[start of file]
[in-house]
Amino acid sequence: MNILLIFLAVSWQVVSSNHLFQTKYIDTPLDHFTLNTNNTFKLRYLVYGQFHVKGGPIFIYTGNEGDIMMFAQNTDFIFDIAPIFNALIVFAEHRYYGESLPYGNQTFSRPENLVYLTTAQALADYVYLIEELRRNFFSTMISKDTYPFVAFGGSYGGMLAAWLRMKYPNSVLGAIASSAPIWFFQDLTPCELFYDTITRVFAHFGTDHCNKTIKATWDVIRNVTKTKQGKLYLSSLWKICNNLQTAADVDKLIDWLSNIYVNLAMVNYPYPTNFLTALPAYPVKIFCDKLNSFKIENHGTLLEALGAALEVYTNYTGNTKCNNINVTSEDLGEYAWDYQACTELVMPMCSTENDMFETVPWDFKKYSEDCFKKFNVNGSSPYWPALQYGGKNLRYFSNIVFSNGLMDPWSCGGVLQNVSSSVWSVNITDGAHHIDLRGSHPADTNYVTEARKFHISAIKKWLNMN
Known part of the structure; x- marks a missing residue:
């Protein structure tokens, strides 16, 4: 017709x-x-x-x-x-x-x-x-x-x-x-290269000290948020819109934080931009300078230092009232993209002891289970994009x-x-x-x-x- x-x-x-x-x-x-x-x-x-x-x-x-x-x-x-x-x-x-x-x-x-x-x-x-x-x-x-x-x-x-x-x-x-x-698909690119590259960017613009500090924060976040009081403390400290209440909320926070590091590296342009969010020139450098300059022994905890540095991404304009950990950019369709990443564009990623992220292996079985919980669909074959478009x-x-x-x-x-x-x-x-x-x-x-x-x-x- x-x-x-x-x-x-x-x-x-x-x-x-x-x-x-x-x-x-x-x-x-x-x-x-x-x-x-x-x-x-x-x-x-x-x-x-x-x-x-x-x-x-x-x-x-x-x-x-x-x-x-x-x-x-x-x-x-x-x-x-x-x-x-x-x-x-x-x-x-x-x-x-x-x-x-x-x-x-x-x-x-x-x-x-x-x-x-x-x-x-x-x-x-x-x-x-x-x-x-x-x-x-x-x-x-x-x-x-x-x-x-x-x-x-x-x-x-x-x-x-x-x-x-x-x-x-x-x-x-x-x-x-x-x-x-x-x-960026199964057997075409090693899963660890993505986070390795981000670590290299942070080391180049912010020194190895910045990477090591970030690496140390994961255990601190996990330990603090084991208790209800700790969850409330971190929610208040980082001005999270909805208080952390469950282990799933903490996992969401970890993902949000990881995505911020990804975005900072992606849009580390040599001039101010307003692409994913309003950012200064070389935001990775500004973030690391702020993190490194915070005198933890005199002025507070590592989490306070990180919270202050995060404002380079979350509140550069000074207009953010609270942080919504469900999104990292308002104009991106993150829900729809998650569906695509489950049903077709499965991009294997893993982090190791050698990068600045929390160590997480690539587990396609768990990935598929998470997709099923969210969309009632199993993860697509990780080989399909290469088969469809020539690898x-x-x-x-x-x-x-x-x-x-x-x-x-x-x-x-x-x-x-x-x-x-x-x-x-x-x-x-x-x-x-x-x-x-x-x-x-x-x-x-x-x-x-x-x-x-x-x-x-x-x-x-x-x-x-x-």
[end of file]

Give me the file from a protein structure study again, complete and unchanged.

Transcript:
[in-house]
Amino acid sequence: MNILLIFLAVSWQVVSSNHLFQTKYIDTPLDHFTLNTNNTFKLRYLVYGQFHVKGGPIFIYTGNEGDIMMFAQNTDFIFDIAPIFNALIVFAEHRYYGESLPYGNQTFSRPENLVYLTTAQALADYVYLIEELRRNFFSTMISKDTYPFVAFGGSYGGMLAAWLRMKYPNSVLGAIASSAPIWFFQDLTPCELFYDTITRVFAHFGTDHCNKTIKATWDVIRNVTKTKQGKLYLSSLWKICNNLQTAADVDKLIDWLSNIYVNLAMVNYPYPTNFLTALPAYPVKIFCDKLNSFKIENHGTLLEALGAALEVYTNYTGNTKCNNINVTSEDLGEYAWDYQACTELVMPMCSTENDMFETVPWDFKKYSEDCFKKFNVNGSSPYWPALQYGGKNLRYFSNIVFSNGLMDPWSCGGVLQNVSSSVWSVNITDGAHHIDLRGSHPADTNYVTEARKFHISAIKKWLNMN
Known part of the structure; x- marks a missing residue:
């Protein structure tokens, strides 16, 4: 017709x-x-x-x-x-x-x-x-x-x-x-290269000290948020819109934080931009300078230092009232993209002891289970994009x-x-x-x-x- x-x-x-x-x-x-x-x-x-x-x-x-x-x-x-x-x-x-x-x-x-x-x-x-x-x-x-x-x-x-x-x-x-x-698909690119590259960017613009500090924060976040009081403390400290209440909320926070590091590296342009969010020139450098300059022994905890540095991404304009950990950019369709990443564009990623992220292996079985919980669909074959478009x-x-x-x-x-x-x-x-x-x-x-x-x-x- x-x-x-x-x-x-x-x-x-x-x-x-x-x-x-x-x-x-x-x-x-x-x-x-x-x-x-x-x-x-x-x-x-x-x-x-x-x-x-x-x-x-x-x-x-x-x-x-x-x-x-x-x-x-x-x-x-x-x-x-x-x-x-x-x-x-x-x-x-x-x-x-x-x-x-x-x-x-x-x-x-x-x-x-x-x-x-x-x-x-x-x-x-x-x-x-x-x-x-x-x-x-x-x-x-x-x-x-x-x-x-x-x-x-x-x-x-x-x-x-x-x-x-x-x-x-x-x-x-x-x-x-x-x-x-x-x-960026199964057997075409090693899963660890993505986070390795981000670590290299942070080391180049912010020194190895910045990477090591970030690496140390994961255990601190996990330990603090084991208790209800700790969850409330971190929610208040980082001005999270909805208080952390469950282990799933903490996992969401970890993902949000990881995505911020990804975005900072992606849009580390040599001039101010307003692409994913309003950012200064070389935001990775500004973030690391702020993190490194915070005198933890005199002025507070590592989490306070990180919270202050995060404002380079979350509140550069000074207009953010609270942080919504469900999104990292308002104009991106993150829900729809998650569906695509489950049903077709499965991009294997893993982090190791050698990068600045929390160590997480690539587990396609768990990935598929998470997709099923969210969309009632199993993860697509990780080989399909290469088969469809020539690898x-x-x-x-x-x-x-x-x-x-x-x-x-x-x-x-x-x-x-x-x-x-x-x-x-x-x-x-x-x-x-x-x-x-x-x-x-x-x-x-x-x-x-x-x-x-x-x-x-x-x-x-x-x-x-x-």